Consider the following piece of code:
Now let’s try to understand this code a bit. I’ve declared a global function named sayHello at line 1. I’ve then created a class named Greet and declared a function with the same name again. But this time the function is inside the class. I’ve then defined another function called sayClassHello(), which simply calls this.sayHello(). And one more function sayOuterHello() which calls sayHello() directly. With no priop knowledge, what should you think the output of the above code be?
The output would be:
This is because, when I called greet.sayClassHello(), the function calls this.sayHello(), that is, the sayHello() function residing inside the class. It’s because at this scope, this refers to the object of the class Greet. So when I invoked this.sayHello(), here this refers to the ‘greet‘ object we created from class Greet.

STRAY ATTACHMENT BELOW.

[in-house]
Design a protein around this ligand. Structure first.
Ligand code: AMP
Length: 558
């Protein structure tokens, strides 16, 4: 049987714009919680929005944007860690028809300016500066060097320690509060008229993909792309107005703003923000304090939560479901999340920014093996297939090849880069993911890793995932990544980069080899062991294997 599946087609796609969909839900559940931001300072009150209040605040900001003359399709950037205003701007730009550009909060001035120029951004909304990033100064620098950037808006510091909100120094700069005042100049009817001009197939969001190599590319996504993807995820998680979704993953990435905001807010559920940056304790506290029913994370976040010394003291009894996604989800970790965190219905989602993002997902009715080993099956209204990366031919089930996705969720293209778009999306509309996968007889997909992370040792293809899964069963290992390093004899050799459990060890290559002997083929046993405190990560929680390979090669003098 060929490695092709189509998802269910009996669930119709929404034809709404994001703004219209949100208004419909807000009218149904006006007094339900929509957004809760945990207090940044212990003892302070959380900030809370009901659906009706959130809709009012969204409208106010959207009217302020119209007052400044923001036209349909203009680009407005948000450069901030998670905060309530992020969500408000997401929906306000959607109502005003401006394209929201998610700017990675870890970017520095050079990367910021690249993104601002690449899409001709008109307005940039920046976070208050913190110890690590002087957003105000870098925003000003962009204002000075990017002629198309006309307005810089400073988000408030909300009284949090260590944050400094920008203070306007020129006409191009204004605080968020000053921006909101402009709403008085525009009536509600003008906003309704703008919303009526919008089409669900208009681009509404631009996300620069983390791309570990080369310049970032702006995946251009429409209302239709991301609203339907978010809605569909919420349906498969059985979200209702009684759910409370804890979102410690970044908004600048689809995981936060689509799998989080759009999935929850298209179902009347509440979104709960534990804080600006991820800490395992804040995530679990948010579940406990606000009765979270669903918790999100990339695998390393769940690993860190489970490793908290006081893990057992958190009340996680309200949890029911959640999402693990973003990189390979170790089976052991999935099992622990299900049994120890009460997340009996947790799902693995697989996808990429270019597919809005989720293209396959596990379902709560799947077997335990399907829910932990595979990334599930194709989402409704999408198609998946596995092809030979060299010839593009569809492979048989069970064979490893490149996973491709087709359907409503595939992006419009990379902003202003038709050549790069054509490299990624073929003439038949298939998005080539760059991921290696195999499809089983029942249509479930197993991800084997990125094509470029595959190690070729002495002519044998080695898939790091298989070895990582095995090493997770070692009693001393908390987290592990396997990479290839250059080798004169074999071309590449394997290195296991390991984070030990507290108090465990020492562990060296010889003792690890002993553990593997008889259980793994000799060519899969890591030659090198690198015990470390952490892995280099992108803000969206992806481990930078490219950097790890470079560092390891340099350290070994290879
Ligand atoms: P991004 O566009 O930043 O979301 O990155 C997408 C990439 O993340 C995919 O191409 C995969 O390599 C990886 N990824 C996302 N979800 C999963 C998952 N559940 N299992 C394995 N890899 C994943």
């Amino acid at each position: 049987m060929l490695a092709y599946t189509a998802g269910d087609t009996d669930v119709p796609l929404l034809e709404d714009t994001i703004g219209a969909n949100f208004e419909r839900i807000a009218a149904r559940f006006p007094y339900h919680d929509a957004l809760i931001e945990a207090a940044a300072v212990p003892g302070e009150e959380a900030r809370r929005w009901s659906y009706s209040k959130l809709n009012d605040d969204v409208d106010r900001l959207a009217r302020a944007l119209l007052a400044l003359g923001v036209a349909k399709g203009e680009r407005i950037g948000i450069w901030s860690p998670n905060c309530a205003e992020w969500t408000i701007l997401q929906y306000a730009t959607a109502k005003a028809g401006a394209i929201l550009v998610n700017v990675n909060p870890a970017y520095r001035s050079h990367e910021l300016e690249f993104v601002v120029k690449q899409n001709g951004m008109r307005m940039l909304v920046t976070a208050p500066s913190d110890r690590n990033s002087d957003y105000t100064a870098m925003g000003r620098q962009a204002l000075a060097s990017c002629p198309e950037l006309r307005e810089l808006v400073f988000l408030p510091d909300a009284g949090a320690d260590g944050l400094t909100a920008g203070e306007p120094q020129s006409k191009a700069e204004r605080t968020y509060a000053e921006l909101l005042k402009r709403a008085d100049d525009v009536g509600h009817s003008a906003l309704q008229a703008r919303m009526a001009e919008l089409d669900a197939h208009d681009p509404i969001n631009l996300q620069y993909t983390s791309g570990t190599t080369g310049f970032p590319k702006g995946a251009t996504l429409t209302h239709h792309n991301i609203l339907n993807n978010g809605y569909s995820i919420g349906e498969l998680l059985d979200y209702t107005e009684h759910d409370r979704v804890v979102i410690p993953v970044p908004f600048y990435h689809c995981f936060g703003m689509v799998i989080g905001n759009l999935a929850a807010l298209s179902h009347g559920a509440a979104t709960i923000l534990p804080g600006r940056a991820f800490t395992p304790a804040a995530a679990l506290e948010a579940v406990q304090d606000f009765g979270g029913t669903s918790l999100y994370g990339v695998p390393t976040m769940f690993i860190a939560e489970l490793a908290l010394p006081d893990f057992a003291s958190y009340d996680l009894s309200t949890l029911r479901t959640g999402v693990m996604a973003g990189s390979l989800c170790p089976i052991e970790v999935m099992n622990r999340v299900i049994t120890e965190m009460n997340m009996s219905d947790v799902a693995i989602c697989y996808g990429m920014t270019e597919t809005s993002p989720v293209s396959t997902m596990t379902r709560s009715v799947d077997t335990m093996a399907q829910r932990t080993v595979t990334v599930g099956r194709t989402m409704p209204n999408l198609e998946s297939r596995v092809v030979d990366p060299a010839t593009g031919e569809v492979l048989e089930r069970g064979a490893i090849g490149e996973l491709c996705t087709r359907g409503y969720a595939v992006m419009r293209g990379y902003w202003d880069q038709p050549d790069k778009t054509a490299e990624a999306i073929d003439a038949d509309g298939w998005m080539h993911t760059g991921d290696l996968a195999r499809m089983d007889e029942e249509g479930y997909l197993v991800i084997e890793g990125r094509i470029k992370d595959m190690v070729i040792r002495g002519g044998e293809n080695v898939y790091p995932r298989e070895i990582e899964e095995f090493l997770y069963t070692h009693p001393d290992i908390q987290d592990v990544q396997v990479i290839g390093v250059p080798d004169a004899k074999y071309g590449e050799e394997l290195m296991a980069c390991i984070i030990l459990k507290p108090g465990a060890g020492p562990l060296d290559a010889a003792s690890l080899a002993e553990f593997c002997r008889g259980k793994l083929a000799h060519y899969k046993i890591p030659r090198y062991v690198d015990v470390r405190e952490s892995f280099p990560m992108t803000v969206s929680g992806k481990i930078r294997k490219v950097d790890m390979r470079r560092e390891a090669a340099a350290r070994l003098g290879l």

On the other hand, when I called greet.sayOuterHello(), the function just calls sayHello() without any object accessor such as this. Thus, ‘Outer hello!’ is printed.
Now to get a deeper understanding, here’s another example.
Here’s a piece of code I’ve written:
I’ve simply defined a class named Animal with a setter named setColor and a getter named getColor. Later, I’ve created a instance of the class by the name dog. Looking at the code, what do you think should be the output?
The output would be ‘Brown’, that’s it. This is because when I call the dog.getColor() method, it’s going to print this.color, that is, dog.color, which I’ve already set on line 12.
Now, consider the above class as is, but I’m changing how we’re initialising the objects:
So what difference did I make? Instead of getting the color using the dog object, I’ve mapped the function dog.getColor() to another instance called colorGetter. Now, if I invoke the function colorGetter(), would I still get ‘Brown’? The answer is no. And here’s why: We cannot directly get a class based function to work independently of objects without an accessor. That is, the moment we create a direct instance of the function inside a class, a reference to the actual object is not created. At this point, this is actually undefined. So, you’re going to see an error that looks like:
To solve this problem caused by undefined this, we can bind the getColor() function to the class using a constructor as follows:
Now, the fixed code should look something like this, and you’d again get the result ‘Brown’: